Ryan Young (above) capped off a tremendous summer with a commitment to Northwestern. (Photo: Josh Verlin/CoBL)
Josh Verlin (@jmverlin)
Back in the spring, before his final few months of AAU basketball, Ryan Young set his next goal: earn a scholarship at a school that provided as good a combination of academics and athletics as possible. It's certainly not an uncommon goal for a talented young ballplayer, one of thousands across the country with those specific conditions in mind.
Among a few schools that fit the bill for Young, Northwestern University became a dream college for the Bethlehem Catholic rising senior, both because of its academic standing -- ranked amongst the top 25 universities in the world by numerous authorities -- and place in the Big Ten Conference.
Then, thanks to hard work and a timely assist from a future Big Ten rival, Young’s dream became reality.
Following a strong summer with the Jersey Shore Warriors on the AAU circuit, Young earned an offer from Northwestern head coach Chris Collins on Aug. 4, and accepted it on Wednesday after visiting the school’s Evanston, Ill. campus this past weekend.
Young also recently visited Maryland, which offered him on Tuesday, but that wasn’t going to change his mind. The slew of Atlantic 10 programs who had made Young a priority all summer -- Richmond, George Washington and Saint Joseph’s tracked him heavily -- were all left turning to their next options.
“After Northwestern [offered], it was going to be difficult to have another school top it,” Young said. “I thought that was the epitome of what I was looking for in a school...even Maryland or a few of the other schools in the Big Ten that are considered bigger basketball schools, I wouldn’t have chosen them over Northwestern simply because of the academics and the mix of the two.”
A 6-foot-9, 235-pound forward/center, Young established his reputation as an elite-level rebounder this summer with the Warriors, a veritable vacuum under the basket on both ends of the floor. He can also stretch the defense out to the 3-point arc with a smooth-looking jumper, even if he doesn’t unleash it very often.
Though Young isn’t an elite athlete, he’s a non-stop worker who plugs away on the blocks, and his passing skills will fit in tremendously in Collins’ system. Continued work on his body and conditioning will be crucial before he gets to campus.
“Throughout the visit we were mentioning lower body strength and lateral quickness; they switch a lot defensively on the pick-and-roll," Young said. "I watched a few full games before we even got there, and that was the biggest thing I noticed, they switched everything on the pick and roll.
“I don’t think I’m able to switch [like that] yet, but hopefully by that time [I get to campus] can get a little stronger, fit in the defensive gameplan in that way.”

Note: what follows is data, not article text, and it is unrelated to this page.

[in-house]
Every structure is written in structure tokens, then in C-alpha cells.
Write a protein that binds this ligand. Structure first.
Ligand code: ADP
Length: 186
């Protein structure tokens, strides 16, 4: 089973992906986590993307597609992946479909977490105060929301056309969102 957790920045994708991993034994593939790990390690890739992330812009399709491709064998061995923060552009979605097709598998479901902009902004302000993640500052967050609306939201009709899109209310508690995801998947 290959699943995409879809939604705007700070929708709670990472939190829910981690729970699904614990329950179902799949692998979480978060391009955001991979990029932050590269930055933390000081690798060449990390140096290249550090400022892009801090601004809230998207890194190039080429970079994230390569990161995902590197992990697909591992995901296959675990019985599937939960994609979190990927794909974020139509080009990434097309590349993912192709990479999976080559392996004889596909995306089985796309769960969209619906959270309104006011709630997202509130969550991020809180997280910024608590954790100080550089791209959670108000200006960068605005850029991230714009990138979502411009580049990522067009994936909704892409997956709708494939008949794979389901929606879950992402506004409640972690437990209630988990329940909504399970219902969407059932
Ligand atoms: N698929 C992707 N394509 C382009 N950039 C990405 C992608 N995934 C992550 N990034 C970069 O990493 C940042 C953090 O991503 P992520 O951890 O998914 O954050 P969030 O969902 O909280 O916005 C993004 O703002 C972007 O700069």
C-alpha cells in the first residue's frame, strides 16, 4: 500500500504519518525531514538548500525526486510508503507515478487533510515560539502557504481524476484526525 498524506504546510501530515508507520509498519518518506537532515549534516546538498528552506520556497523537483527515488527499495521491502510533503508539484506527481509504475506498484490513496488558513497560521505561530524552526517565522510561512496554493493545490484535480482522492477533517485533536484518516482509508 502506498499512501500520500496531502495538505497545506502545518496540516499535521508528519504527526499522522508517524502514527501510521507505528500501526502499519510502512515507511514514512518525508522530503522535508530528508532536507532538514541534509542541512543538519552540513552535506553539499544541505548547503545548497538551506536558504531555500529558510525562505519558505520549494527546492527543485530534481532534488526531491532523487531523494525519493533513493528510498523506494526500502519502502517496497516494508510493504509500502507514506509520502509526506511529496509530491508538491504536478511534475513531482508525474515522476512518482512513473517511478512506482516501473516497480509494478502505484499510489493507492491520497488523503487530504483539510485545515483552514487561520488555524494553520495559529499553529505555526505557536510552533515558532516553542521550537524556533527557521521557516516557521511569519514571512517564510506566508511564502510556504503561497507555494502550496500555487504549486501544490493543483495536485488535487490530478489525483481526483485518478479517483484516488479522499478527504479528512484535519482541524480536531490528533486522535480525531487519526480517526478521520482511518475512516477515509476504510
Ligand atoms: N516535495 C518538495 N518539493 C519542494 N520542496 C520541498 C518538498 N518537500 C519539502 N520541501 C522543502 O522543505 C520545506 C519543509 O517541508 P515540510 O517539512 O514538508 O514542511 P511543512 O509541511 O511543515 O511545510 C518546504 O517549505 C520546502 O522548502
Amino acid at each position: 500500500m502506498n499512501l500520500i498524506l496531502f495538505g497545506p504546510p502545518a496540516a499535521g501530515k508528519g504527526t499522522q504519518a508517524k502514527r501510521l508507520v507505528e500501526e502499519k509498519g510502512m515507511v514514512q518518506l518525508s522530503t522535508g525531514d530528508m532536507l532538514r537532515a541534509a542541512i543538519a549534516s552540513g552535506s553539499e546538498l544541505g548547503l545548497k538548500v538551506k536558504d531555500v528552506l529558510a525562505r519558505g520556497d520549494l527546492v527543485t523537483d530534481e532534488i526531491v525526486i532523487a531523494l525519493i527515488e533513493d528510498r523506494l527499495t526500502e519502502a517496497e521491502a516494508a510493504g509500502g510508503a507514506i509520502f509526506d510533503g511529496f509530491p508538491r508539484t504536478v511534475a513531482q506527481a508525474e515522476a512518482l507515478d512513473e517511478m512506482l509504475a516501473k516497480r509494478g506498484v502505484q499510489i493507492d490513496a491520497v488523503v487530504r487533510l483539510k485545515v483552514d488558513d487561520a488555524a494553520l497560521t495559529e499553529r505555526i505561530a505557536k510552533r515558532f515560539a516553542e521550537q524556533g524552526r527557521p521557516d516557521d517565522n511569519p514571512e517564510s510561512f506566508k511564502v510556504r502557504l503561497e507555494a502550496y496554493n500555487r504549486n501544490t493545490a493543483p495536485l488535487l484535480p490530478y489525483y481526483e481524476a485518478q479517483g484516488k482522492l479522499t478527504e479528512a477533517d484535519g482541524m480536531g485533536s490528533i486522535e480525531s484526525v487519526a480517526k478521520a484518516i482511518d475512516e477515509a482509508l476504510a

That Northwestern ended up recruiting Young was due in part to a player he’ll be going up against for several years in college. Michigan freshman guard Eli Brooks, a Spring Grove (Pa.) product and former Jersey Shore Warrior himself, had recommended to his Wolverine coaches that they take a look at Young.
When assistant Billy Donlon was hired away from John Beilein’s staff in late June to join the Northwestern program, he reached out to Young again and promised to see him play during the July live recruiting periods.
Donlon tracked Young for several weeks, watching him at the Live in AC tournament in Atlantic City; though Collins didn’t see Young in person during July, watching game film was enough to convince him the forward could help his program.
“It’s kind of rare that the head coach will make you an offer without coming to watch you play,” Young said. “It was a little surprising, but as you can imagine I was pretty excited.”
Young is the third member of Northwestern’s incoming 2018 class at the moment, along with Grandview (Mo.) point guard Jordan Lathon and Revere (Ohio) forward Pete Nance, a face-up 6-8 wing/forward with a very different skillset and body from Young.
They’ll all be joining a program that just went to its first-ever NCAA Tournament in 2017, Collins’ fourth year as a head coach both at Northwestern and overall. The former Duke guard -- he was Coach K’s associate head coach at Duke for several years prior to his hiring at Northwestern -- is 73-60 with the Wildcats, having increased his win total in each of those four seasons.
“I watched a YouTube documentary on them, The Foundation, that they came out with,” Young said. “One of the coaches recommended it to me, when they first started recruiting me, it recaps the year they had this year...it’s videos of (Collins) in the locker room, talking, their game-to-game experiences, that sort of thing.”
First up, however, Young will set his sights on helping BeCaHi past the first round of the PIAA Class 4A state tournament, where they lost to Greater Nanticoke this past year. With Young and his brother, junior Kyle Young (6-7) plus talented junior guard Justin Paz (6-0), Ray Barbosa’s squad will be the favorite to win the District 11/1 4A title yet again.
And now they’ve got a Big Ten commit on the roster.
If teams weren’t thoroughly planning for Ryan Young before, you can be sure nobody’s overlooking him now.
“I was still 6-9 during the high school season last year, so anybody that was guarding me was trying to rough me up, that was the goal,” Young said. “This year, I’m sure it’ll be a little bit more than that."